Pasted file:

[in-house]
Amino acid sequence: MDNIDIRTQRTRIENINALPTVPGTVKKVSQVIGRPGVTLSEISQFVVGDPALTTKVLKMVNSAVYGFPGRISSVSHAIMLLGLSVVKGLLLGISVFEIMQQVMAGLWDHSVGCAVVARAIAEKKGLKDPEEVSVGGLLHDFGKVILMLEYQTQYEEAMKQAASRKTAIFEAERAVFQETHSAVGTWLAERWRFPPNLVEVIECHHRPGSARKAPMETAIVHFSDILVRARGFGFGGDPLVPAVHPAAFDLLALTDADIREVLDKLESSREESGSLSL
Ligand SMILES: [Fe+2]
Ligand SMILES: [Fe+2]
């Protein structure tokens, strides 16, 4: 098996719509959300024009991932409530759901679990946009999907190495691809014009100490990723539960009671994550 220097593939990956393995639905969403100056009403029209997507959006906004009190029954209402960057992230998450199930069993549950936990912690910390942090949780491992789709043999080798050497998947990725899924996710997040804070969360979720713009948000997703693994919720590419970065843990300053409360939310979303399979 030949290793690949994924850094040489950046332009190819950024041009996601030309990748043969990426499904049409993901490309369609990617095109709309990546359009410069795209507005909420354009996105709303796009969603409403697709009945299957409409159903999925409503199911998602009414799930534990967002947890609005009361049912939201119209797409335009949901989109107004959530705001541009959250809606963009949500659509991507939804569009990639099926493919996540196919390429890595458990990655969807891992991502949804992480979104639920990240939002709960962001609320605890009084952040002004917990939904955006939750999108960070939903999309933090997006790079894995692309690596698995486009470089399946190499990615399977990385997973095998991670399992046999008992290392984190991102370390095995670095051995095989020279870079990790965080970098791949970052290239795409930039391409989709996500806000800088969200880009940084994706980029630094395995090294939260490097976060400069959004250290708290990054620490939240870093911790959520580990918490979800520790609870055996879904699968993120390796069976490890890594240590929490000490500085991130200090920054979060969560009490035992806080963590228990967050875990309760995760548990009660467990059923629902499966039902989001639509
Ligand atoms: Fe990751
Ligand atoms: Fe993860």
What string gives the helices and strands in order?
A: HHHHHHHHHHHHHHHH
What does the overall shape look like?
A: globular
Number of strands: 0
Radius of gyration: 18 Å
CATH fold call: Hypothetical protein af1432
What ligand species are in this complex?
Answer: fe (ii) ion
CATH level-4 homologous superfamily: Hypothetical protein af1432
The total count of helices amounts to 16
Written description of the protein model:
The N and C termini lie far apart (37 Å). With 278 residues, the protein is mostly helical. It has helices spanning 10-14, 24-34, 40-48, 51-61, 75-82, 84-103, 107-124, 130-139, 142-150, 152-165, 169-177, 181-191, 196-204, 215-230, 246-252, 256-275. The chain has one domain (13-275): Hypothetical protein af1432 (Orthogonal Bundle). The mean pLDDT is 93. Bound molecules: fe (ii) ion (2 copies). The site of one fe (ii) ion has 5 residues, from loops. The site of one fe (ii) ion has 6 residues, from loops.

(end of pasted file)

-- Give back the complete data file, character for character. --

[in-house]
Amino acid sequence: MDNIDIRTQRTRIENINALPTVPGTVKKVSQVIGRPGVTLSEISQFVVGDPALTTKVLKMVNSAVYGFPGRISSVSHAIMLLGLSVVKGLLLGISVFEIMQQVMAGLWDHSVGCAVVARAIAEKKGLKDPEEVSVGGLLHDFGKVILMLEYQTQYEEAMKQAASRKTAIFEAERAVFQETHSAVGTWLAERWRFPPNLVEVIECHHRPGSARKAPMETAIVHFSDILVRARGFGFGGDPLVPAVHPAAFDLLALTDADIREVLDKLESSREESGSLSL
Ligand SMILES: [Fe+2]
Ligand SMILES: [Fe+2]
């Protein structure tokens, strides 16, 4: 098996719509959300024009991932409530759901679990946009999907190495691809014009100490990723539960009671994550 220097593939990956393995639905969403100056009403029209997507959006906004009190029954209402960057992230998450199930069993549950936990912690910390942090949780491992789709043999080798050497998947990725899924996710997040804070969360979720713009948000997703693994919720590419970065843990300053409360939310979303399979 030949290793690949994924850094040489950046332009190819950024041009996601030309990748043969990426499904049409993901490309369609990617095109709309990546359009410069795209507005909420354009996105709303796009969603409403697709009945299957409409159903999925409503199911998602009414799930534990967002947890609005009361049912939201119209797409335009949901989109107004959530705001541009959250809606963009949500659509991507939804569009990639099926493919996540196919390429890595458990990655969807891992991502949804992480979104639920990240939002709960962001609320605890009084952040002004917990939904955006939750999108960070939903999309933090997006790079894995692309690596698995486009470089399946190499990615399977990385997973095998991670399992046999008992290392984190991102370390095995670095051995095989020279870079990790965080970098791949970052290239795409930039391409989709996500806000800088969200880009940084994706980029630094395995090294939260490097976060400069959004250290708290990054620490939240870093911790959520580990918490979800520790609870055996879904699968993120390796069976490890890594240590929490000490500085991130200090920054979060969560009490035992806080963590228990967050875990309760995760548990009660467990059923629902499966039902989001639509
Ligand atoms: Fe990751
Ligand atoms: Fe993860």
What string gives the helices and strands in order?
A: HHHHHHHHHHHHHHHH
What does the overall shape look like?
A: globular
Number of strands: 0
Radius of gyration: 18 Å
CATH fold call: Hypothetical protein af1432
What ligand species are in this complex?
Answer: fe (ii) ion
CATH level-4 homologous superfamily: Hypothetical protein af1432
The total count of helices amounts to 16
Written description of the protein model:
The N and C termini lie far apart (37 Å). With 278 residues, the protein is mostly helical. It has helices spanning 10-14, 24-34, 40-48, 51-61, 75-82, 84-103, 107-124, 130-139, 142-150, 152-165, 169-177, 181-191, 196-204, 215-230, 246-252, 256-275. The chain has one domain (13-275): Hypothetical protein af1432 (Orthogonal Bundle). The mean pLDDT is 93. Bound molecules: fe (ii) ion (2 copies). The site of one fe (ii) ion has 5 residues, from loops. The site of one fe (ii) ion has 6 residues, from loops.